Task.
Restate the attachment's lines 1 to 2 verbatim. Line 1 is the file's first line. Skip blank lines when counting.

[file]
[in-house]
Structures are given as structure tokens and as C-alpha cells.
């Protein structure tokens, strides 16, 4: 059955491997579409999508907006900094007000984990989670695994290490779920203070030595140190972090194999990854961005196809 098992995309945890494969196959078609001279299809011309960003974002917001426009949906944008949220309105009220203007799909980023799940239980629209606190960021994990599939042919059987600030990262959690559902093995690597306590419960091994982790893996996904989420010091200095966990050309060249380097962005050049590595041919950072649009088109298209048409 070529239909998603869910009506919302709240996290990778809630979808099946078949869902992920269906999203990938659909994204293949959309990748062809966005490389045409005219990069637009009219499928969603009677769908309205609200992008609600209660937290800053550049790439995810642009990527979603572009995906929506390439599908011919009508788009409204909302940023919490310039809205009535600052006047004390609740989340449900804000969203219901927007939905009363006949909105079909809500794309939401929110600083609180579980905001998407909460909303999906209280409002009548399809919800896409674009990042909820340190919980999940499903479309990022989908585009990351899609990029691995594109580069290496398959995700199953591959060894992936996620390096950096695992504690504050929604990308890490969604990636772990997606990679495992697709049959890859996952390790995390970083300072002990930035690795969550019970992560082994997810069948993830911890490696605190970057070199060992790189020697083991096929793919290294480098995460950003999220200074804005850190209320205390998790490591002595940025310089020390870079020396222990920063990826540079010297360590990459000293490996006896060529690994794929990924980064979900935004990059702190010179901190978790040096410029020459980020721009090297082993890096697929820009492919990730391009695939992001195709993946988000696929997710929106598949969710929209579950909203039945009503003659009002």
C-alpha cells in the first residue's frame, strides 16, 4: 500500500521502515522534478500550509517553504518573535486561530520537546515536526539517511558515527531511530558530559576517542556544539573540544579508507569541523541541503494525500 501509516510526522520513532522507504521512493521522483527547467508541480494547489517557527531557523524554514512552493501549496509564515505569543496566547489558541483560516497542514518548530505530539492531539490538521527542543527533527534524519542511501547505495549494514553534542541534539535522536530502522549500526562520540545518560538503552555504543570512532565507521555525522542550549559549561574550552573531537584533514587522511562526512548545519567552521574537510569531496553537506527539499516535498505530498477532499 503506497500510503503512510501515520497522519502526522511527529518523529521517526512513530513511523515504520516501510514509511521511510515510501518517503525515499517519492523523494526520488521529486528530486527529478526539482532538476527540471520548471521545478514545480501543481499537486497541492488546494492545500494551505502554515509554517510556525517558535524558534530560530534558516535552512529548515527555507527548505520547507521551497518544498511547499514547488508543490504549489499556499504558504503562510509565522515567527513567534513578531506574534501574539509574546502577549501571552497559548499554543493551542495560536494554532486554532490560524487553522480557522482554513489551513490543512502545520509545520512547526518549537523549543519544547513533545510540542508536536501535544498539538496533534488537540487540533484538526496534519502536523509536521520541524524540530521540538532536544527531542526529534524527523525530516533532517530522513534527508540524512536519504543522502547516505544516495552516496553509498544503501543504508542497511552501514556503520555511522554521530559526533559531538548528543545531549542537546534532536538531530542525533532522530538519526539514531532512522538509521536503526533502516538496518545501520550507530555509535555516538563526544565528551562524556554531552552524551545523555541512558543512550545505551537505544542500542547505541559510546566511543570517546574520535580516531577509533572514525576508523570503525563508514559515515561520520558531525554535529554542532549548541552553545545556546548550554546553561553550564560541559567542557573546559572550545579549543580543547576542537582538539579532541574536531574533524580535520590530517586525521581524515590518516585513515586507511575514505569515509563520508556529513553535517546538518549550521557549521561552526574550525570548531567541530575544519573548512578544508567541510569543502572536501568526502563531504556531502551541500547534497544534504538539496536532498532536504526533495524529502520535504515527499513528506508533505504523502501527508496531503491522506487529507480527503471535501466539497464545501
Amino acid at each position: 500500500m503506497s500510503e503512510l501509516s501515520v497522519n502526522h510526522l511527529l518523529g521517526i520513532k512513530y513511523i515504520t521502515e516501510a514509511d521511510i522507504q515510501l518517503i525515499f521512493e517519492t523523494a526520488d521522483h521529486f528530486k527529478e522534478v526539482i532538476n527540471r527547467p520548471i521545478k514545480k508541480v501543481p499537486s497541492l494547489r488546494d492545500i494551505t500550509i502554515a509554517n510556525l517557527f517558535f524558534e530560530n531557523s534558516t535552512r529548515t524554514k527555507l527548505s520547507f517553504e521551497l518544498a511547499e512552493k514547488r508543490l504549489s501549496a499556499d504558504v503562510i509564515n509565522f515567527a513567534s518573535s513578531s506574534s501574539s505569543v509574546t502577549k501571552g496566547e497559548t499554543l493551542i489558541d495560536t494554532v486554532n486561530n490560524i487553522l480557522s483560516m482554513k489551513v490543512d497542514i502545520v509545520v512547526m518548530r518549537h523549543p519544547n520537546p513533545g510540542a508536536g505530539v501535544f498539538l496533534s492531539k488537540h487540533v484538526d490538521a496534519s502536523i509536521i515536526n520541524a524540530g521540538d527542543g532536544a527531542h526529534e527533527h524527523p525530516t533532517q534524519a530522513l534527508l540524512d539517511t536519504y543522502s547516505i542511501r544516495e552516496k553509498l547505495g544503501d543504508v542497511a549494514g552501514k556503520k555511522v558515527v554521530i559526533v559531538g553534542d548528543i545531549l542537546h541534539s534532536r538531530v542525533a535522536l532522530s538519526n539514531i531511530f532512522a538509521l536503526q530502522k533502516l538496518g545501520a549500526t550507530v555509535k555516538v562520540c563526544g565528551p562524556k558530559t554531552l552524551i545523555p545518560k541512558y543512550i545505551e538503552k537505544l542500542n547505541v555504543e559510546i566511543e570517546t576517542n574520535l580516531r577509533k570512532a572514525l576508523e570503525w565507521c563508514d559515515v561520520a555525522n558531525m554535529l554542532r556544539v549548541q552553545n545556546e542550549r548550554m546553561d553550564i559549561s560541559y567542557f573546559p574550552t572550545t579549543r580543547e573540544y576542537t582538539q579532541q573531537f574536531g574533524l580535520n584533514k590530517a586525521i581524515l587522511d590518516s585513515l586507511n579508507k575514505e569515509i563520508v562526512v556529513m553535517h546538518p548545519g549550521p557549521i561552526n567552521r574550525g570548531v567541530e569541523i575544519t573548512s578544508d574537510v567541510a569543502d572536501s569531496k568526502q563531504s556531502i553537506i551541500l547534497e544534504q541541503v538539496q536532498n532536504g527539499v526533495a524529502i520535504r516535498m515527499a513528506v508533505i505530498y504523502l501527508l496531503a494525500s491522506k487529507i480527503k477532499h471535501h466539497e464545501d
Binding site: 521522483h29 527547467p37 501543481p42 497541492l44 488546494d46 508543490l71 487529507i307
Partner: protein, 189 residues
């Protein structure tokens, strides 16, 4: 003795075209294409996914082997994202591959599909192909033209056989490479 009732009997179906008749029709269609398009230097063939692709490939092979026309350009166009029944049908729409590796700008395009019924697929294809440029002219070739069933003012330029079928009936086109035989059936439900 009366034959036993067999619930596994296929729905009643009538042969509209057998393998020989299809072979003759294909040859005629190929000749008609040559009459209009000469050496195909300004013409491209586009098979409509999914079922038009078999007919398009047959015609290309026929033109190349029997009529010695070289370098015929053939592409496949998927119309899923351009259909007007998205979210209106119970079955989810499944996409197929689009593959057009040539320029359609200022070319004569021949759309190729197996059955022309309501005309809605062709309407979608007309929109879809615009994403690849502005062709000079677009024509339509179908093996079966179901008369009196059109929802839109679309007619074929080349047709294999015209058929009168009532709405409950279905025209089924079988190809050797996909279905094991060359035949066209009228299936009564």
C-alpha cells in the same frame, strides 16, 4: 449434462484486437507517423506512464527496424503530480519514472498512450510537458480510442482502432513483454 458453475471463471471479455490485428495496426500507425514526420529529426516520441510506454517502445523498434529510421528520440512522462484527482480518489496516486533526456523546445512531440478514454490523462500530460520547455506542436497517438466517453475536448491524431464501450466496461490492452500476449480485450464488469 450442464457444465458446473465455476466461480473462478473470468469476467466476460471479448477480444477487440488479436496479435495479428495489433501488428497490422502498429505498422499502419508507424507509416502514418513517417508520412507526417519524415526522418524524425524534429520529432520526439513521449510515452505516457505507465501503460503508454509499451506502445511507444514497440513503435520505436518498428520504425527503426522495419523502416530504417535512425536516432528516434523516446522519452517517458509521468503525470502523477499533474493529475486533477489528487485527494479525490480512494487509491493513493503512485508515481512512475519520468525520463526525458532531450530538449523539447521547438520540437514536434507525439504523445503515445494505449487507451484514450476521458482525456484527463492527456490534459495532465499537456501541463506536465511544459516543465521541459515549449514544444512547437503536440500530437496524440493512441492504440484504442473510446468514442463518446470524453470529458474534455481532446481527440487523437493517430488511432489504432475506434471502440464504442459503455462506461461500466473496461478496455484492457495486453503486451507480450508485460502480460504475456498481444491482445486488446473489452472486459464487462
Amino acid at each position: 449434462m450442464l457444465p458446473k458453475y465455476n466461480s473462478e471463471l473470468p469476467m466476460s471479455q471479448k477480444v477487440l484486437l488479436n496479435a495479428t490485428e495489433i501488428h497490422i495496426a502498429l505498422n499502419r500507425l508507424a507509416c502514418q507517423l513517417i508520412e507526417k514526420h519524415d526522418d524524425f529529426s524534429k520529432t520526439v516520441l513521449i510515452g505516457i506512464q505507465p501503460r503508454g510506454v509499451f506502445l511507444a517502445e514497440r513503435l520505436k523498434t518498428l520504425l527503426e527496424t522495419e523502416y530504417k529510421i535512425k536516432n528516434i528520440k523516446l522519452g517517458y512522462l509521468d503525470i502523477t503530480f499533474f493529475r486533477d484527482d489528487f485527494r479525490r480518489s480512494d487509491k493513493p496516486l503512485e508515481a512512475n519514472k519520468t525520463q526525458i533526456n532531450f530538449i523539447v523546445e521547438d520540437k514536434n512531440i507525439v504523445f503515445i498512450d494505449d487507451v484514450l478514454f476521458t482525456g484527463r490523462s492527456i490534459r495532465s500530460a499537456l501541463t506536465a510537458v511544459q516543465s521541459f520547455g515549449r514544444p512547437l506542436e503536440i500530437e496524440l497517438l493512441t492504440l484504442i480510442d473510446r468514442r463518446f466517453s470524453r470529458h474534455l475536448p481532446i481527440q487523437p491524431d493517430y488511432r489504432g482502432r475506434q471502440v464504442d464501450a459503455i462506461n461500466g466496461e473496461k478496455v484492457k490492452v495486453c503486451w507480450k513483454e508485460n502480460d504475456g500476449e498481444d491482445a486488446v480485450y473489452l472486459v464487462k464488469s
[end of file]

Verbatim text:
[in-house]
Structures are given as structure tokens and as C-alpha cells.